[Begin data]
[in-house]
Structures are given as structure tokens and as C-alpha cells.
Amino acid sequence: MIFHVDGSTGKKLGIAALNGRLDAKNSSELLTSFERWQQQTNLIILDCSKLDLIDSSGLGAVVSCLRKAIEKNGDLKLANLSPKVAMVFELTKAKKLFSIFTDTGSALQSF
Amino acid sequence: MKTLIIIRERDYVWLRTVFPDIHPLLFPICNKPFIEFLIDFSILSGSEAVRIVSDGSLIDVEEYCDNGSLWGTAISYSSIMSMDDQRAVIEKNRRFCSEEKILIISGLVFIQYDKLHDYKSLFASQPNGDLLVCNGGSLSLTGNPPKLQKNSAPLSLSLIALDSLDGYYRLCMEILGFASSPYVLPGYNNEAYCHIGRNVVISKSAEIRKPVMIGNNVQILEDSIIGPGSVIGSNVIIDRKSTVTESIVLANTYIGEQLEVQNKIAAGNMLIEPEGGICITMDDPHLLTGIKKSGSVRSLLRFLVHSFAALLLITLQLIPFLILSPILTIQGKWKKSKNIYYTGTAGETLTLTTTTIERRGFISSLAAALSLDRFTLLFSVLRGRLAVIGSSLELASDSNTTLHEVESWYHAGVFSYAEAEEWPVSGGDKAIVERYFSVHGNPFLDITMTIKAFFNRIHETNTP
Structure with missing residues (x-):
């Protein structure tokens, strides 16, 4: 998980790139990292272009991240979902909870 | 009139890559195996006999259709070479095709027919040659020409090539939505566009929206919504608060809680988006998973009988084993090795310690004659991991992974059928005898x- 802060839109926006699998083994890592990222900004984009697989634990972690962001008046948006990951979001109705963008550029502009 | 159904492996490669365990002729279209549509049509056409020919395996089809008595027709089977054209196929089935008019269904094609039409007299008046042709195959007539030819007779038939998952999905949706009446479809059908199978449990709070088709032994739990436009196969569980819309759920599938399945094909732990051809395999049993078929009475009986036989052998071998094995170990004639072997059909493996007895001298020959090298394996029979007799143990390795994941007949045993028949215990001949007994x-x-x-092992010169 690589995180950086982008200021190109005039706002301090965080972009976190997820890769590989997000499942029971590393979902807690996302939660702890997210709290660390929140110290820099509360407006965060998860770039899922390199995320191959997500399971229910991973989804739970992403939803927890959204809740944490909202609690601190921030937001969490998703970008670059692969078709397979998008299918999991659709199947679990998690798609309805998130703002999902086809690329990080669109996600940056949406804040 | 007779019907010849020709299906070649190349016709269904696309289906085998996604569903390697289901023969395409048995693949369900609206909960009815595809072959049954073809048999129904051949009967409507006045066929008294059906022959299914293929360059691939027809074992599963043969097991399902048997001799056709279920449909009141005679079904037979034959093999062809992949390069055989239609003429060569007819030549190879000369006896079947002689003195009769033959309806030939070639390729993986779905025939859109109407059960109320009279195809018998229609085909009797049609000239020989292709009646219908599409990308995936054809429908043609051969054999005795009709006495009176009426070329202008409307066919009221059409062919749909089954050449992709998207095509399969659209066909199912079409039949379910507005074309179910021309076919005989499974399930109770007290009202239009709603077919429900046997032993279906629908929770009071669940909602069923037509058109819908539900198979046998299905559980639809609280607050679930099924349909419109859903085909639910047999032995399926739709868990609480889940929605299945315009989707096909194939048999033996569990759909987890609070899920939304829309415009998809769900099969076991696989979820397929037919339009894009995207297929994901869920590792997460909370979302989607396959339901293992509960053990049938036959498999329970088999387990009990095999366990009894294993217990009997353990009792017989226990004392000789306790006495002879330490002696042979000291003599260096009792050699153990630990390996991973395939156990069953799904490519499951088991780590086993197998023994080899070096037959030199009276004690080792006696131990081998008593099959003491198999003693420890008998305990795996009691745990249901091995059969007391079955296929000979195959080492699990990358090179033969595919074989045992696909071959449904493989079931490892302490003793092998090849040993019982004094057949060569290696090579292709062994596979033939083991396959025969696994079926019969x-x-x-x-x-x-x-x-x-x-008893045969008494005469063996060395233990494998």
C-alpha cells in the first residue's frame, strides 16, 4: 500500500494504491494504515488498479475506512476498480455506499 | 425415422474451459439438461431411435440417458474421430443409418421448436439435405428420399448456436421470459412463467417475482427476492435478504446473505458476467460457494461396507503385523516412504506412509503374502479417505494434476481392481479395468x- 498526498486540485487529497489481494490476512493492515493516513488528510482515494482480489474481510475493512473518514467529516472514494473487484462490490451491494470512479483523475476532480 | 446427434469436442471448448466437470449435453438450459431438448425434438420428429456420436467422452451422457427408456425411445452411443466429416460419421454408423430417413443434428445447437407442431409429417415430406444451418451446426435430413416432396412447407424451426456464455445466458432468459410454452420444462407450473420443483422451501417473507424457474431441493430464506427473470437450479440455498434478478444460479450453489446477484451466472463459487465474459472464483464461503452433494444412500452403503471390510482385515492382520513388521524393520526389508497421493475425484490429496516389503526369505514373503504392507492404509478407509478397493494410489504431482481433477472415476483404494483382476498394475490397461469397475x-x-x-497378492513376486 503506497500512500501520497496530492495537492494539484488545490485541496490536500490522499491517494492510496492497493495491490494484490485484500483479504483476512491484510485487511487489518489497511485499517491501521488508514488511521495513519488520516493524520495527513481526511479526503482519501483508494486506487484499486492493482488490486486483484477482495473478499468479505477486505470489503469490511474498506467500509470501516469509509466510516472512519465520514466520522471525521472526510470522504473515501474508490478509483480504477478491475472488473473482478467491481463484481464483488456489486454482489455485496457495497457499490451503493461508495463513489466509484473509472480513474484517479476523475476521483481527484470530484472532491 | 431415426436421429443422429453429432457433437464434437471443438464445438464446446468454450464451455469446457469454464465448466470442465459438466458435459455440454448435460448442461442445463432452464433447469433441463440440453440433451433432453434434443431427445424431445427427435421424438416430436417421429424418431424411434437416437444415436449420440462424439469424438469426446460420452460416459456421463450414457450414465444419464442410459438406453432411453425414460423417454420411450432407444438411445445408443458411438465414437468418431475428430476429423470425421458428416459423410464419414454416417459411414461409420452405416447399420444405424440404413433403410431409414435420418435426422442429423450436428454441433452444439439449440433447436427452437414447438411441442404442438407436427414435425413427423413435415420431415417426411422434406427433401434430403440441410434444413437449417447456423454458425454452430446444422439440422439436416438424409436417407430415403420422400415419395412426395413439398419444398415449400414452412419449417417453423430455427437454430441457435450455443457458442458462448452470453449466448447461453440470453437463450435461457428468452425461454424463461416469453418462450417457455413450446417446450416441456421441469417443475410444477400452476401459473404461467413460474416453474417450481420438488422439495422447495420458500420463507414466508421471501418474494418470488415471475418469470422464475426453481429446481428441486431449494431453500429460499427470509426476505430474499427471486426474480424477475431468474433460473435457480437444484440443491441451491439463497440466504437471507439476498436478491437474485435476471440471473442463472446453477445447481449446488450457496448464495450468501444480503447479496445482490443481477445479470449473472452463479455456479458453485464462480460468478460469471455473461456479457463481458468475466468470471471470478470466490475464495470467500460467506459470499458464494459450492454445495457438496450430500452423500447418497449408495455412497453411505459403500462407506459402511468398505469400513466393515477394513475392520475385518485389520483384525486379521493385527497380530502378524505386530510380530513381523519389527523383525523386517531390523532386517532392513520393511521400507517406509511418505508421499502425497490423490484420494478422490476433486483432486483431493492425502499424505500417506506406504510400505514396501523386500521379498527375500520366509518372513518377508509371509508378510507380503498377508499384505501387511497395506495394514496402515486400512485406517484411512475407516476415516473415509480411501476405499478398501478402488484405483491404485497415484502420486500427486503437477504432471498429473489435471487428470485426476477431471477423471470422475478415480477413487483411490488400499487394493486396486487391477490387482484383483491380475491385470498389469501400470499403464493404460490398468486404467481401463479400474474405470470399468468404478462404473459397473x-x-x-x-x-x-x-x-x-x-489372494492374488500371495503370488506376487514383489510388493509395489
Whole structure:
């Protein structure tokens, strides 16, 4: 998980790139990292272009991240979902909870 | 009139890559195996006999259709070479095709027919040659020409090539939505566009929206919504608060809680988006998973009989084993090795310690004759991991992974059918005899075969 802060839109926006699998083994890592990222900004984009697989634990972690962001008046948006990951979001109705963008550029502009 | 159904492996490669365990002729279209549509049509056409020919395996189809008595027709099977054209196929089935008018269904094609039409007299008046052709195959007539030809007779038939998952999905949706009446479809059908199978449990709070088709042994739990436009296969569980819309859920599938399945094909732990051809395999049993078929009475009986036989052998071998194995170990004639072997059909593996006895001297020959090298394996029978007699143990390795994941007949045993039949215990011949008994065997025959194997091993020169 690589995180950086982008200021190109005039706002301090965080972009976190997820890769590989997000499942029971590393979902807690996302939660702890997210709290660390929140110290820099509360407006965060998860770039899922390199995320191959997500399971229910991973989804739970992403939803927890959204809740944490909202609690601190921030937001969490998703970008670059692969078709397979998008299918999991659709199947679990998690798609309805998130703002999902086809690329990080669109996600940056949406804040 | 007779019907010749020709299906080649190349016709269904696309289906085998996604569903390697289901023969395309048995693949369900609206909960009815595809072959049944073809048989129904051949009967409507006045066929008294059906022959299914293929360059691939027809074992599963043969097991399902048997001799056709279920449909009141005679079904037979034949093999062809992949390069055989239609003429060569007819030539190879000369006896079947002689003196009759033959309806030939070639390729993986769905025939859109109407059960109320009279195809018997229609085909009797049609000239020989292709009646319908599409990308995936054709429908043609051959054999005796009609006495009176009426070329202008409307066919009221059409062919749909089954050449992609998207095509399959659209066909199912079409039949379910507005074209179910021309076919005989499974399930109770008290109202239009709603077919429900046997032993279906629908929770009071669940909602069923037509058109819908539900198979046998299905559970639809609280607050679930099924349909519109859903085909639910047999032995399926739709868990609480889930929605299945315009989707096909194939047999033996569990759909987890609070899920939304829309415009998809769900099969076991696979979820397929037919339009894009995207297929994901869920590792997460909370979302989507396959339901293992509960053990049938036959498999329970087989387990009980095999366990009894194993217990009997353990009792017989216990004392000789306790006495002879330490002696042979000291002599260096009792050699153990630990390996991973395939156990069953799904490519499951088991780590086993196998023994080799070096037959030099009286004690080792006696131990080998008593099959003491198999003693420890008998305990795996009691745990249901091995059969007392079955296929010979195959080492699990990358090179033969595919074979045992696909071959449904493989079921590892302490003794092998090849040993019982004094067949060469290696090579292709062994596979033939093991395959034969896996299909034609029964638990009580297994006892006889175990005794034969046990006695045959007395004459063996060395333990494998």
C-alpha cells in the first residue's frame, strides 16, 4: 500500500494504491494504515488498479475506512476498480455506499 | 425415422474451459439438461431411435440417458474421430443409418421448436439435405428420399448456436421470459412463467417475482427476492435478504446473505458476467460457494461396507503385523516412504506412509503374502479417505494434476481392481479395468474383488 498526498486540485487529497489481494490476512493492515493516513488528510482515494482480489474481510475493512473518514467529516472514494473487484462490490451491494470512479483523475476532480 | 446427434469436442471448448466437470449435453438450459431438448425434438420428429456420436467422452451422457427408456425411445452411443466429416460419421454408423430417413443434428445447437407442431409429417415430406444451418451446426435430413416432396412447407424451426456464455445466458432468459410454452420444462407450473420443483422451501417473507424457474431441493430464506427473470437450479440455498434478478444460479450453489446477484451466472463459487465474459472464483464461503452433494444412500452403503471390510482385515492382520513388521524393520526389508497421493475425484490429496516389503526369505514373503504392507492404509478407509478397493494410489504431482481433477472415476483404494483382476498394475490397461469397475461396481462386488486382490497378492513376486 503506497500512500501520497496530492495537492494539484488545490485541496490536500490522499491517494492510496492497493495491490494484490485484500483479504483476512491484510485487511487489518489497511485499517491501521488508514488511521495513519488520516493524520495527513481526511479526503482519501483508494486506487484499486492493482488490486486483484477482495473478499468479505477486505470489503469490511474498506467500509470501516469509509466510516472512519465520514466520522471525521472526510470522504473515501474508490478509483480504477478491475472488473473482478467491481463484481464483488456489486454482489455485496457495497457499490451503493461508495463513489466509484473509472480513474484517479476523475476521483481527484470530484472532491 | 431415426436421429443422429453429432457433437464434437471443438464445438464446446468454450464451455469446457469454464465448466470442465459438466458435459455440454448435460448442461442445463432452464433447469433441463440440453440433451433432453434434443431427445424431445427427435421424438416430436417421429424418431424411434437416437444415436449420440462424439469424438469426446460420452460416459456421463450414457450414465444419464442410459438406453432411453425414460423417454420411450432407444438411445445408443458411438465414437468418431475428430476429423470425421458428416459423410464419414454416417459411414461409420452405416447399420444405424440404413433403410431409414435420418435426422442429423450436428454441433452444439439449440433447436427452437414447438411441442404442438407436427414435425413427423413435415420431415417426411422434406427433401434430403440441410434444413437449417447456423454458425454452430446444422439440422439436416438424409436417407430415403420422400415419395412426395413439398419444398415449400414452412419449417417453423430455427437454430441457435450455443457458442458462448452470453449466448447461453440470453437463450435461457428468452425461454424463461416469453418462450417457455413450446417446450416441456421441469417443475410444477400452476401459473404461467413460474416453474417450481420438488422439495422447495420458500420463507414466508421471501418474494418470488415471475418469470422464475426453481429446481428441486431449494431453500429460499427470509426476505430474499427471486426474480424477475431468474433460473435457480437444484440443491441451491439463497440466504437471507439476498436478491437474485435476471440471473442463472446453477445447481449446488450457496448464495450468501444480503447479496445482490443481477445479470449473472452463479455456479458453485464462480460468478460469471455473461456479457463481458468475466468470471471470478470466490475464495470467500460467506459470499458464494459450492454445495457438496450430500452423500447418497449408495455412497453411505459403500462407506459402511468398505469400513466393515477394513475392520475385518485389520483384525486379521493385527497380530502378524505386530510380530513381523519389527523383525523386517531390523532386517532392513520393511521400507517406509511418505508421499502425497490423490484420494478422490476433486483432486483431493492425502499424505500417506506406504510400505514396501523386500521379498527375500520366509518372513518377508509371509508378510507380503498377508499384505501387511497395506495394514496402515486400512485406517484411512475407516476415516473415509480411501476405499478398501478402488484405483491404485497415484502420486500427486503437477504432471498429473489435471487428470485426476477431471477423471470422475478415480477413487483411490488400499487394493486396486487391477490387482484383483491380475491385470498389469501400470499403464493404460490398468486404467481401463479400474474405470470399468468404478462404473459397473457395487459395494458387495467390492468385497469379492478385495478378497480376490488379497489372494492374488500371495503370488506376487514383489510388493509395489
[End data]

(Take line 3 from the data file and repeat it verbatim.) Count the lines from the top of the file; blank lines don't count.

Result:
Amino acid sequence: MIFHVDGSTGKKLGIAALNGRLDAKNSSELLTSFERWQQQTNLIILDCSKLDLIDSSGLGAVVSCLRKAIEKNGDLKLANLSPKVAMVFELTKAKKLFSIFTDTGSALQSF